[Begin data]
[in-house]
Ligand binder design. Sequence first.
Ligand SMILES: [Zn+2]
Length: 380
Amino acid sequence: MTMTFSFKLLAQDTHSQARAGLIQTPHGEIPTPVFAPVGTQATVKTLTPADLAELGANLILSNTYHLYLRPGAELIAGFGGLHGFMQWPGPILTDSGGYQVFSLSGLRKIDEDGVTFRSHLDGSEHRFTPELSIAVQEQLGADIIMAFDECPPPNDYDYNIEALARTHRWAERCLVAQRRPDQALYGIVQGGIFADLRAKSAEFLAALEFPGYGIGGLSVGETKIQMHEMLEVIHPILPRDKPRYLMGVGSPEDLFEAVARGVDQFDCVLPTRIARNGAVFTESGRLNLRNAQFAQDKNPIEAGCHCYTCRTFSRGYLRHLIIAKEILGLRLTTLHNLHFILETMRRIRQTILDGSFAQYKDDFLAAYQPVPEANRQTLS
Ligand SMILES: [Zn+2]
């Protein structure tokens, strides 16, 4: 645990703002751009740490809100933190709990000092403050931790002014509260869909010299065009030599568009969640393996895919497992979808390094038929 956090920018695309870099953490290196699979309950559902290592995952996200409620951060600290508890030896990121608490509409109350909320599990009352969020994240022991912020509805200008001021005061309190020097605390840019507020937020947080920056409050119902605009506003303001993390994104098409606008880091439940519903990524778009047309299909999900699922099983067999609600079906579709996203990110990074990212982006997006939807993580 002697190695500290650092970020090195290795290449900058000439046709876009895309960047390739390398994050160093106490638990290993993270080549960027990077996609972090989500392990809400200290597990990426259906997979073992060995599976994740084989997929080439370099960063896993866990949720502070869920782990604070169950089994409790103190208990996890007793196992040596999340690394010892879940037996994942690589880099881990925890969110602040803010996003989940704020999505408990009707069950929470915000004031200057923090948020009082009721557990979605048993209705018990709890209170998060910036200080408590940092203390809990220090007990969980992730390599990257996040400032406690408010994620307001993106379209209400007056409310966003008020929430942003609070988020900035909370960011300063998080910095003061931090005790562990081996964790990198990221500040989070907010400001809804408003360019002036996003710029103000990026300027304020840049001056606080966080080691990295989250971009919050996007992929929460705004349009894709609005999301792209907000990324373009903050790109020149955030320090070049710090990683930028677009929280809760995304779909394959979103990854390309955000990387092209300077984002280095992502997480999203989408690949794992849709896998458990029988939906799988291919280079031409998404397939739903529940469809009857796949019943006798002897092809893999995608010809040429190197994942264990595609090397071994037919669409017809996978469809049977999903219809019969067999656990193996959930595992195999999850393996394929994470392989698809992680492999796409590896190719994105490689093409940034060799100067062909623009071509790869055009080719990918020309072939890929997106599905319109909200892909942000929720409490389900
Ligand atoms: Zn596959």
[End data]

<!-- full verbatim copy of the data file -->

[in-house]
Ligand binder design. Sequence first.
Ligand SMILES: [Zn+2]
Length: 380
Amino acid sequence: MTMTFSFKLLAQDTHSQARAGLIQTPHGEIPTPVFAPVGTQATVKTLTPADLAELGANLILSNTYHLYLRPGAELIAGFGGLHGFMQWPGPILTDSGGYQVFSLSGLRKIDEDGVTFRSHLDGSEHRFTPELSIAVQEQLGADIIMAFDECPPPNDYDYNIEALARTHRWAERCLVAQRRPDQALYGIVQGGIFADLRAKSAEFLAALEFPGYGIGGLSVGETKIQMHEMLEVIHPILPRDKPRYLMGVGSPEDLFEAVARGVDQFDCVLPTRIARNGAVFTESGRLNLRNAQFAQDKNPIEAGCHCYTCRTFSRGYLRHLIIAKEILGLRLTTLHNLHFILETMRRIRQTILDGSFAQYKDDFLAAYQPVPEANRQTLS
Ligand SMILES: [Zn+2]
């Protein structure tokens, strides 16, 4: 645990703002751009740490809100933190709990000092403050931790002014509260869909010299065009030599568009969640393996895919497992979808390094038929 956090920018695309870099953490290196699979309950559902290592995952996200409620951060600290508890030896990121608490509409109350909320599990009352969020994240022991912020509805200008001021005061309190020097605390840019507020937020947080920056409050119902605009506003303001993390994104098409606008880091439940519903990524778009047309299909999900699922099983067999609600079906579709996203990110990074990212982006997006939807993580 002697190695500290650092970020090195290795290449900058000439046709876009895309960047390739390398994050160093106490638990290993993270080549960027990077996609972090989500392990809400200290597990990426259906997979073992060995599976994740084989997929080439370099960063896993866990949720502070869920782990604070169950089994409790103190208990996890007793196992040596999340690394010892879940037996994942690589880099881990925890969110602040803010996003989940704020999505408990009707069950929470915000004031200057923090948020009082009721557990979605048993209705018990709890209170998060910036200080408590940092203390809990220090007990969980992730390599990257996040400032406690408010994620307001993106379209209400007056409310966003008020929430942003609070988020900035909370960011300063998080910095003061931090005790562990081996964790990198990221500040989070907010400001809804408003360019002036996003710029103000990026300027304020840049001056606080966080080691990295989250971009919050996007992929929460705004349009894709609005999301792209907000990324373009903050790109020149955030320090070049710090990683930028677009929280809760995304779909394959979103990854390309955000990387092209300077984002280095992502997480999203989408690949794992849709896998458990029988939906799988291919280079031409998404397939739903529940469809009857796949019943006798002897092809893999995608010809040429190197994942264990595609090397071994037919669409017809996978469809049977999903219809019969067999656990193996959930595992195999999850393996394929994470392989698809992680492999796409590896190719994105490689093409940034060799100067062909623009071509790869055009080719990918020309072939890929997106599905319109909200892909942000929720409490389900
Ligand atoms: Zn596959």